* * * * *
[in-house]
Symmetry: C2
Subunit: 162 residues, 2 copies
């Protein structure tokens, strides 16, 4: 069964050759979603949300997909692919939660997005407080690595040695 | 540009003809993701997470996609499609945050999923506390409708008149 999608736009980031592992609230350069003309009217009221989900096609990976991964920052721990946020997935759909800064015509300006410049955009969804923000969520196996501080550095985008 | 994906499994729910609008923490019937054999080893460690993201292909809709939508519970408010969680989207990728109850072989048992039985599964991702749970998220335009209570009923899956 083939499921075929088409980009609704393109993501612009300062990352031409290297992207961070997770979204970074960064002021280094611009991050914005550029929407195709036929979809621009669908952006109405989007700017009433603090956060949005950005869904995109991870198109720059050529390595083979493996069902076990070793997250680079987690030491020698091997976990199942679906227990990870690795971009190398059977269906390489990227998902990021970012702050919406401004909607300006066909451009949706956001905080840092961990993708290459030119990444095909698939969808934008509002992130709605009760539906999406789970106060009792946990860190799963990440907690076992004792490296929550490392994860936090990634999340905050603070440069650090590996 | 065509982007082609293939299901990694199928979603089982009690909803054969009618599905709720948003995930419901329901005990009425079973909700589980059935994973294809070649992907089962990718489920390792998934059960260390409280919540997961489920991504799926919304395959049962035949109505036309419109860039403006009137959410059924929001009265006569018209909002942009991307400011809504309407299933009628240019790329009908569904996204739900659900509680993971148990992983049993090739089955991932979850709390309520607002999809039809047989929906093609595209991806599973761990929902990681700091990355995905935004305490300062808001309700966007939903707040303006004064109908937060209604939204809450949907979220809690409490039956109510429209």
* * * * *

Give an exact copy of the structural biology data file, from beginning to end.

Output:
[in-house]
Symmetry: C2
Subunit: 162 residues, 2 copies
């Protein structure tokens, strides 16, 4: 069964050759979603949300997909692919939660997005407080690595040695 | 540009003809993701997470996609499609945050999923506390409708008149 999608736009980031592992609230350069003309009217009221989900096609990976991964920052721990946020997935759909800064015509300006410049955009969804923000969520196996501080550095985008 | 994906499994729910609008923490019937054999080893460690993201292909809709939508519970408010969680989207990728109850072989048992039985599964991702749970998220335009209570009923899956 083939499921075929088409980009609704393109993501612009300062990352031409290297992207961070997770979204970074960064002021280094611009991050914005550029929407195709036929979809621009669908952006109405989007700017009433603090956060949005950005869904995109991870198109720059050529390595083979493996069902076990070793997250680079987690030491020698091997976990199942679906227990990870690795971009190398059977269906390489990227998902990021970012702050919406401004909607300006066909451009949706956001905080840092961990993708290459030119990444095909698939969808934008509002992130709605009760539906999406789970106060009792946990860190799963990440907690076992004792490296929550490392994860936090990634999340905050603070440069650090590996 | 065509982007082609293939299901990694199928979603089982009690909803054969009618599905709720948003995930419901329901005990009425079973909700589980059935994973294809070649992907089962990718489920390792998934059960260390409280919540997961489920991504799926919304395959049962035949109505036309419109860039403006009137959410059924929001009265006569018209909002942009991307400011809504309407299933009628240019790329009908569904996204739900659900509680993971148990992983049993090739089955991932979850709390309520607002999809039809047989929906093609595209991806599973761990929902990681700091990355995905935004305490300062808001309700966007939903707040303006004064109908937060209604939204809450949907979220809690409490039956109510429209």